As one of the longest running online art gallery websites, the LST site has hundreds of exhibitions and, as such, is a very large, image heavy site. Websites with the sheer amount of content and number of images as we have can sometimes become unstable and experience issues.

After extensive consultation with our web development and technical support team, it was decided that moving older content to an archive website would help ensure we could preserve our older exhibitions and continue to provide artists with a place to showcase their talent long into the future.

Prior to Fusion Art purchasing LST from John Math in 2018, the oldest exhibitions were already being purged in an effort to make room for the newer exhibitions. We did not want to continue to do this, and have artists lose elements of their portfolios, so the solution was the creation of an archive website to host these past exhibitions for the long term.

Therefore, all monthly and special exhibitions, solo art exhibitions and artist showcases prior to January 2022 will now be hosted on our new archive website – LightSpaceTimeArchives.art.

In order to access any exhibitions prior to January 2022, just add the word “archives” to the current URL of your exhibition. It will then take you to the archives site and directly to the exhibition you are looking for.

Alternatively, you can visit the main LST website and click the LST Archives button in the menu bar at the top of every page. This will take you to the archives site and you can find your exhibitions in the applicable section.

All other content, including current art competitions and exhibitions (January 2022 and beyond), art marketing articles, artist news and testimonials remain on the main LST site.

by Guest Blogger, Katie Brenneman - An online portfolio is an artist’s bread and butter in this digital age. Maybe you’ve already put a lot of time and effort into building a beautiful portfolio or website showcasing your work.

However, it’s not exactly effective if no one is looking at it.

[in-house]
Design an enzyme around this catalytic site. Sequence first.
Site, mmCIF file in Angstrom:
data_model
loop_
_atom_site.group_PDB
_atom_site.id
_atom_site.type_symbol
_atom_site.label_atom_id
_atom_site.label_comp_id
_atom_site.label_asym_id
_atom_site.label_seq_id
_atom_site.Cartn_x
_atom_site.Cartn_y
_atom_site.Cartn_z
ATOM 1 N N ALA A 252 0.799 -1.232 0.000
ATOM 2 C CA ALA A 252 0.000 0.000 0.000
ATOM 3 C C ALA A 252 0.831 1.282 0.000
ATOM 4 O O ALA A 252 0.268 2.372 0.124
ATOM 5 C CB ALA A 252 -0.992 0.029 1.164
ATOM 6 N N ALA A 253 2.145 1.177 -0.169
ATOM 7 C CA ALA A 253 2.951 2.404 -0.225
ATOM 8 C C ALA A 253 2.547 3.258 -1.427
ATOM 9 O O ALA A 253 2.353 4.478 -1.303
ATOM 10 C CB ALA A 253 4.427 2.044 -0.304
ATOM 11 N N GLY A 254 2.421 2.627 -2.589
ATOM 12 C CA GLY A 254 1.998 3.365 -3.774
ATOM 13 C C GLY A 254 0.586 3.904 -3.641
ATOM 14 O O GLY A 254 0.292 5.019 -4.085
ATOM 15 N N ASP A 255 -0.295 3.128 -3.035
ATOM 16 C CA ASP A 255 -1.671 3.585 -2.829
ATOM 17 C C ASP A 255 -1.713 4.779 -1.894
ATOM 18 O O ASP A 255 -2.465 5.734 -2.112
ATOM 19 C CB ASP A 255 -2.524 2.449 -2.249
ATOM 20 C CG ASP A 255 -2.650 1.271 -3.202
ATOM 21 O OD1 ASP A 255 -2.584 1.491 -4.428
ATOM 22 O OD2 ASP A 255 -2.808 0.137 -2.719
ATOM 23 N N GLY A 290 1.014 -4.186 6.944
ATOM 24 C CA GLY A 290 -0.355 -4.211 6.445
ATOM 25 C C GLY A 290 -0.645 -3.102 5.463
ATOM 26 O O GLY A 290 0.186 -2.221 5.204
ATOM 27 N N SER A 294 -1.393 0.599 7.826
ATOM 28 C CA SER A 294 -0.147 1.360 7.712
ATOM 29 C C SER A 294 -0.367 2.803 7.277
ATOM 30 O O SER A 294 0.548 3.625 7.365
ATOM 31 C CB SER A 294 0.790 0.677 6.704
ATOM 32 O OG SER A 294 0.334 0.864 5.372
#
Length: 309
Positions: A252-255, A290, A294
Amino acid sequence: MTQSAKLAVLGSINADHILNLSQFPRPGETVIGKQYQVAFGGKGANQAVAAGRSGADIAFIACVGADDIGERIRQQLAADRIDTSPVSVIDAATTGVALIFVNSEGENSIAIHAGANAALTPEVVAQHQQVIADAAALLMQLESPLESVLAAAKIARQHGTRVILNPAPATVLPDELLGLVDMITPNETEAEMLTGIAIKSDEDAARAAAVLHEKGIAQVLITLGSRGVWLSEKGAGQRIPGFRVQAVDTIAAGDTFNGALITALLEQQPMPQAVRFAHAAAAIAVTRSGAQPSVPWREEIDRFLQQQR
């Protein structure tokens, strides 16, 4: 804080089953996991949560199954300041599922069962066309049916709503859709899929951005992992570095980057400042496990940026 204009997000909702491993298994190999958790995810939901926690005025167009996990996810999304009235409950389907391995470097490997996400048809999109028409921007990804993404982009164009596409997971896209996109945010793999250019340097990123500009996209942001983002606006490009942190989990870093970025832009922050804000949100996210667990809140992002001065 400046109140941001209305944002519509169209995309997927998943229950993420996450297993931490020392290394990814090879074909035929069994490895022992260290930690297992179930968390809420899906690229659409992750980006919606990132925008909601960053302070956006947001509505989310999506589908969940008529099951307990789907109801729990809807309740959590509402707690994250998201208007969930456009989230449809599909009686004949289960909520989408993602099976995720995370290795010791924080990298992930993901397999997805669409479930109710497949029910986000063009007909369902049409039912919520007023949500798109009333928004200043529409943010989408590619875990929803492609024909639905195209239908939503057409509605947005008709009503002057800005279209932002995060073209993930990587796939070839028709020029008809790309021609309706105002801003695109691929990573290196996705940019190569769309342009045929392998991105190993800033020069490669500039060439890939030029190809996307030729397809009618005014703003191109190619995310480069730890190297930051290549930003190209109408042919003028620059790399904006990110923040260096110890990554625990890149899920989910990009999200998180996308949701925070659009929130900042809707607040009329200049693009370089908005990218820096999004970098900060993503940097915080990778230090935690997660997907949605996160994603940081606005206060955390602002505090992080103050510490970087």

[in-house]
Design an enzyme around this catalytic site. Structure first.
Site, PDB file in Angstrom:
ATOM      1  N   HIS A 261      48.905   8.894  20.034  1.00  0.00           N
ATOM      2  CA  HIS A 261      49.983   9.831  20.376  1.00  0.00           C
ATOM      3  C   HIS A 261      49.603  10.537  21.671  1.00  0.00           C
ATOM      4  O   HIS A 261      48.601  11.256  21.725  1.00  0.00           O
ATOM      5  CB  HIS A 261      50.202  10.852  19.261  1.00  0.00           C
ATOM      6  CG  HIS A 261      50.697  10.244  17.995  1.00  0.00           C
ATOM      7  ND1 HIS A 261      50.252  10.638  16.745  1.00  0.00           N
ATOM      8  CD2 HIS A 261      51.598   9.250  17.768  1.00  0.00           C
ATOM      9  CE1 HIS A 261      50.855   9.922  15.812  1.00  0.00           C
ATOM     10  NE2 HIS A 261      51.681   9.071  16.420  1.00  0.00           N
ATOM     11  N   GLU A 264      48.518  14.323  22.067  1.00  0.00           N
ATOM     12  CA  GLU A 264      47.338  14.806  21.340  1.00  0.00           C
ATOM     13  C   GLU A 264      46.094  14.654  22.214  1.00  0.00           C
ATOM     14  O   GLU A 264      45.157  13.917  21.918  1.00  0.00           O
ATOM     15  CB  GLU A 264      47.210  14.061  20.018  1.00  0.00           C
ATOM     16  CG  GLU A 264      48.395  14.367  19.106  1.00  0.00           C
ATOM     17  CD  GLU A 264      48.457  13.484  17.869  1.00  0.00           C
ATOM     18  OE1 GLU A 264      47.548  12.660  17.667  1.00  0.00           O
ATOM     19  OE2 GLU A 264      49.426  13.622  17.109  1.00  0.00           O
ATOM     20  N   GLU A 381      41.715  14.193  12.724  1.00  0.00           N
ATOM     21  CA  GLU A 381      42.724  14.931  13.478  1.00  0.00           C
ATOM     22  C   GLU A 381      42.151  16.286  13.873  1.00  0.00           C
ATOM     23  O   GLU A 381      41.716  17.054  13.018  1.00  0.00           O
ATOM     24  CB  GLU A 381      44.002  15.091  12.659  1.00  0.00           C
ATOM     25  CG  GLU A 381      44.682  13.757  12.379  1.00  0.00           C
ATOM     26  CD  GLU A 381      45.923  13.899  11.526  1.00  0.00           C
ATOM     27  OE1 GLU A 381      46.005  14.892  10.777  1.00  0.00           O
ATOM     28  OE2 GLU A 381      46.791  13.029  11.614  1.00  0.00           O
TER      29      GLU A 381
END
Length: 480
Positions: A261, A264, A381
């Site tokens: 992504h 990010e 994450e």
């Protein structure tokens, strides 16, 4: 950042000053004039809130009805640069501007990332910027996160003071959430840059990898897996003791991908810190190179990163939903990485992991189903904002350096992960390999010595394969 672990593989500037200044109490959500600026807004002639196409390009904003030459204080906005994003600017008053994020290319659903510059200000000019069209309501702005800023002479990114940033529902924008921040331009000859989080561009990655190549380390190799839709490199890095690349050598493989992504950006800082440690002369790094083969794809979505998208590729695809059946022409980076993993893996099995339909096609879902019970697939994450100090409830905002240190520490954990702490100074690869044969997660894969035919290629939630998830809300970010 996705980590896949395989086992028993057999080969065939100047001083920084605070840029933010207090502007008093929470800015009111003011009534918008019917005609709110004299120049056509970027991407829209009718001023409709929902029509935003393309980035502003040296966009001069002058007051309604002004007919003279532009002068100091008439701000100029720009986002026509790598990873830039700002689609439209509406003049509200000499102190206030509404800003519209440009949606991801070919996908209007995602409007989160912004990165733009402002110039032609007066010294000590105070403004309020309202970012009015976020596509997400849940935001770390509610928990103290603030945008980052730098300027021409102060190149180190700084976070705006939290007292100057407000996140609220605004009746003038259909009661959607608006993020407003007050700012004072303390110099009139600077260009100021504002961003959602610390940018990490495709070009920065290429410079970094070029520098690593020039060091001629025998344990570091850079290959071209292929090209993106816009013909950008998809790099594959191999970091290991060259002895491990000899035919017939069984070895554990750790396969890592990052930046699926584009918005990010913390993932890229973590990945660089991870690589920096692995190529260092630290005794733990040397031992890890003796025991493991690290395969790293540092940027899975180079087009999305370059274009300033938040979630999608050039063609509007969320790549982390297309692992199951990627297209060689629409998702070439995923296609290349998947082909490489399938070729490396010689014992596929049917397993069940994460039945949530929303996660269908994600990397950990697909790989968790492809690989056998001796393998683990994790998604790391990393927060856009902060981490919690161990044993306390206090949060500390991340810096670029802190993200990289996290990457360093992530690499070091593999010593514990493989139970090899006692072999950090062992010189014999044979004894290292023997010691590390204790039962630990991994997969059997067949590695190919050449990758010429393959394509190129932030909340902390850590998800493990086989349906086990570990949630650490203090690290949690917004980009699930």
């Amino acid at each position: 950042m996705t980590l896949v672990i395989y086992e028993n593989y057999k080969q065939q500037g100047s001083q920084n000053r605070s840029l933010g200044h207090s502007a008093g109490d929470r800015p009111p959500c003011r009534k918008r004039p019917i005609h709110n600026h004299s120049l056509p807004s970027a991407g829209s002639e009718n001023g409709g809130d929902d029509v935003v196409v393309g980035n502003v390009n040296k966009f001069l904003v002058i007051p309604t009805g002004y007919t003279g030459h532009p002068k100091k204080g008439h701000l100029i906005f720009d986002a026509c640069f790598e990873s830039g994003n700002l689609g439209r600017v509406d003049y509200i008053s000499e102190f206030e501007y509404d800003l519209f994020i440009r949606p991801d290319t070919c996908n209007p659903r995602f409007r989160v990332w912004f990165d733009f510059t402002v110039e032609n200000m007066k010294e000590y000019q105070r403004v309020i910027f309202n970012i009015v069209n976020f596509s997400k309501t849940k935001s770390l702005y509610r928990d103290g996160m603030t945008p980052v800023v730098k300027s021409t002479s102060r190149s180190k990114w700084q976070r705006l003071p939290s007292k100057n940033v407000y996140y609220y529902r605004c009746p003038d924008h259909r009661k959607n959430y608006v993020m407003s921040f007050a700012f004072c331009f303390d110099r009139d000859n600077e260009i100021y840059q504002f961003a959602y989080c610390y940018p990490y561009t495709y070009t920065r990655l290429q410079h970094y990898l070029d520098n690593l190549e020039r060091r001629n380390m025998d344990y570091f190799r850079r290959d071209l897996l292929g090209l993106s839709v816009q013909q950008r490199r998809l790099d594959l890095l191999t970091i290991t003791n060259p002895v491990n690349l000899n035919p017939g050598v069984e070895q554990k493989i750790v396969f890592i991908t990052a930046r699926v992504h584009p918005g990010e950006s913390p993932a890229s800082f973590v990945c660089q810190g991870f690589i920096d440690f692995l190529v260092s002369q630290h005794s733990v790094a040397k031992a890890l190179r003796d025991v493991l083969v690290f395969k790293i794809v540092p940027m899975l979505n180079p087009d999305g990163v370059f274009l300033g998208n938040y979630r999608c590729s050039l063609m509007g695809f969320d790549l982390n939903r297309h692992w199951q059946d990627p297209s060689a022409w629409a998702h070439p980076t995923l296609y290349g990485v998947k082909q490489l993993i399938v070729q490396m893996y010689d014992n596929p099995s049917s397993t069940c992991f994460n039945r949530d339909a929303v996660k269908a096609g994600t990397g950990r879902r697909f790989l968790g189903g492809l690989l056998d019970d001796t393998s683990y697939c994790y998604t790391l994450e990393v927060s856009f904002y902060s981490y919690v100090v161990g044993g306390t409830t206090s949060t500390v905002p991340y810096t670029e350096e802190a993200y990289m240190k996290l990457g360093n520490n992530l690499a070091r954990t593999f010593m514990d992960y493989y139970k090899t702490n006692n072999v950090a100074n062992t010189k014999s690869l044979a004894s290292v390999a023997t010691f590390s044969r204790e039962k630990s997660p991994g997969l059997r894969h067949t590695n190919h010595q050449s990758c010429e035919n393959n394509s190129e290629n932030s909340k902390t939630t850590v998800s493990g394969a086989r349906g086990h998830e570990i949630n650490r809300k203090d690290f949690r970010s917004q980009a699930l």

Unfortunately, you’re facing an uphill battle. Search engine algorithms will automatically skew toward more established artists. So, it’s time to step into the world of branding and marketing.

Thankfully, you don’t have to have a lot of experience in the advertising industry to make your portfolio stand out. Let’s cover a few quick tips on how you can boost your portfolio’s presence and get your work the attention it deserves.

Familiarize Yourself With SEO

If you already have an online portfolio, one of the easiest ways to get more visitors is to master the basics of Search Engine Optimization (SEO). You’ve likely heard of keyword searches and how important they are to getting noticed. However, there are also things you can do to optimize your site internally, including

  • Including a site map
  • Optimizing visual content
  • Easy navigation
  • Fixing broken links
  • Updating content regularly

By making your portfolio a priority, you’ll naturally boost SEO. But, if you’re still struggling to attract visitors, take the time to learn the basics when it comes to keywords and what people are searching for, and you’ll see an even bigger boost in your digital audience.

Utilize Social Media

Even if you’re not a marketing pro, almost everyone is familiar with at least one social media platform. Use that to your advantage to market your portfolio.

For example, Instagram is an ideal platform for sharing photos and artwork. It’s a great place to share pieces of your work and inspire people to head to your website or portfolio for more. It’s easy to use, but make sure you’re always optimizing your photos and sharing the right sizes, or they could end up looking blurry and unprofessional.

You can also use Instagram and other social media platforms to connect with potential fans and followers. It’s a great way to spark conversation and boost word-of-mouth interest in your portfolio.

Don’t Ditch Traditional Portfolios

While it’s true that everything seems digital these days and you should absolutely have an online portfolio, there’s still something to be said for print media. People still like tangible things, and something as simple as a flyer with a QR code that leads back to your portfolio can be impactful and interesting. Consider leaving flyers or brochures in places like

  • Coffee shops
  • Art galleries
  • Libraries
  • Book stores

You can also choose to work with an existing publication that caters to art lovers or even other artists. Doing so will help you hone in on your target audience and can bring your brand and portfolio to life in a way that digital can’t always capture.